Sombre remembrance of the war dead in the hush of Islandbridge


The laying of wreaths by President McAleese and Queen Elizabeth at the War Memorial Gardens conveyed more than any words could, writes MARY FITZGERALD

THE SILENCE that accompanied the laying of wreaths – one poppy, one laurel – by a British queen and an Irish president at the Irish National War Memorial Gardens yesterday conveyed more than any number of words.

In the hushed surroundings of the Sir Edwin Lutyens-designed gardens, whose fortunes – a little like the relationship between Ireland and Britain – have ebbed and flowed over time, Queen Elizabeth and President Mary McAleese honoured the Irish who died in the first World War.

The story of how almost 50,000 Irishmen perished in the trenches of that war had, until quite recently, suffered something of a blotting out in the annals of Irish history. But their memory lived on in yesterday’s sombre commemoration, which stood as testament to the efforts of Mrs McAleese and many others determined to ensure that the sacrifice of Ireland’s war dead be remembered.

The ceremony under overcast skies echoed another landmark moment in 1998 when the Queen and Mrs McAleese unveiled a tower on the site of the 1917 battle of Messines Ridge in memory of the Irish who had gone to war under the Union flag and never came back. That was the first public event undertaken jointly by an Irish and British head of state.

As the Queen entered the gardens accompanied by Mrs McAleese at about noon yesterday, her eyes were drawn towards the altar-like granite structure referred to as the War Stone, which is engraved with the words: “Their Name Liveth for Evermore.”

She later viewed the nine-metre Guillemont Ginchy cross, which takes its name from two towns captured by the 16th Irish Division during the Battle of the Somme. The wall behind the cross is inscribed with the following: “I ndíl-chuimhne ar 49,400 Éireannach do thuir sa Chogadh Mhór 1914-1918 – To the memory of 49,400 Irish men who gave their lives in the Great War 1914-18”.

Opening the ceremony, the officer in charge of the cadet guard of honour announced the Queen’s name in Irish – “Banríon Eilís a Dó” – to the more than 500 attendees assembled along neat rows of garden chairs. A strong breeze buffeted a large Tricolour that stood at half-mast. Behind it, the Union flag flew alongside the three divisional flags of the British Legion and the light-blue standard of the United Nations.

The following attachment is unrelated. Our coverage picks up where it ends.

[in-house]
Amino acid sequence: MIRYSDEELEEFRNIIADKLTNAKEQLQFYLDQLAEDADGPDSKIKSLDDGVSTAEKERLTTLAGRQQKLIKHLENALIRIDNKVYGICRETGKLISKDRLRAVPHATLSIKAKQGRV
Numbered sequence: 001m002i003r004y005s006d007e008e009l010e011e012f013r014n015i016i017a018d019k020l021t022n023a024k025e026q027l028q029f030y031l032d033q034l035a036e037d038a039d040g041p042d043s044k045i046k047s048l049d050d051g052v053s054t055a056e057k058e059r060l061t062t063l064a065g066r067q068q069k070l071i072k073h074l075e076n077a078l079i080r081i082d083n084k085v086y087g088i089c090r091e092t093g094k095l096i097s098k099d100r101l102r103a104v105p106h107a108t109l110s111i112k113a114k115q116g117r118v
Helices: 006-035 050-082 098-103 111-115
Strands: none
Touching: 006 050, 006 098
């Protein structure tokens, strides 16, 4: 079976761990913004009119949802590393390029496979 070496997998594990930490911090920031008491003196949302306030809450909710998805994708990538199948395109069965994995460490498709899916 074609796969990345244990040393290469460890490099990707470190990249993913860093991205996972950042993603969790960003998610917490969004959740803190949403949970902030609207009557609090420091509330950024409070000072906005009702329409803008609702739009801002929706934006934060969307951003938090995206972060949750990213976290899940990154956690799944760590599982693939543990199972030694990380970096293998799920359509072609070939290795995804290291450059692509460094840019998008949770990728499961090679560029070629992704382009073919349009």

Those present included politicians from north and south of the Border, Army veterans, church leaders, senior judges, foreign ambassadors, representatives of the Orange Order and leaders of the Ulster Defence Association (UDA). The mayors of Messines and nearby Heuvelland were also in attendance.

All stood to attention as a Defence Forces band played God Save the Queen, with many attendees singing along. Later, as the Queen and then President McAleese placed their wreaths before stepping back and bowing, the only sound was the drone of an Army helicopter circling overhead and the clicking of scores of camera shutters.

A minute’s silence was then observed, broken by a muffled drum roll, followed by a Defence Forces piper playing the Thomas More air Oft in the Stilly Night. As the Last Post was sounded, some attendees dabbed at their eyes. The Tricolour was then raised to full mast, accompanied by a drum roll. The reveille followed, segueing into Amhrán na bhFiann, which several present sang with gusto.

The Queen and the Duke of Edinburgh were then escorted from the cenotaph to view the Guillemont Ginchy cross and illuminated manuscripts, created by stained-glass artist Harry Clarke, containing the names of all the soldiers commemorated.

The Queen greeted several of those present, including Northern Ireland First Minister Peter Robinson, SDLP leader Margaret Ritchie, Ulster Unionist leader Tom Elliott, Alliance Party leader David Ford and Minister for Finance Michael Noonan.

As the Queen and the President were making their way out, Mrs McAleese spotted Kevin Myers in the line and said to the Queen: “This is the journalist who kept the flame of this place alive for so many years. He fought the good battle and, like so many good battles, it was worth fighting.”

Myers regularly wrote in The Irish Timesabout the heroism of the Royal Dublin Fusiliers and the 10th and 16th Irish divisions in the Great War. When the Queen nodded approvingly in his direction, he blurted out “Your Majesty”.

Speaking afterwards to RTÉ, he said: “The reaction has been even more moving and touching than I had expected and I had expected to be moved and touched by today’s events. There is a simplicity here and an honesty and an integrity which stand alone . . . Words are not being uttered but they do not need to be uttered. The spirit is there, it is within the occasion and it is visible in the goodwill, palpable in the air, and I think words are not necessary on an occasion like this but both peoples have been enhanced by what has happened here today.”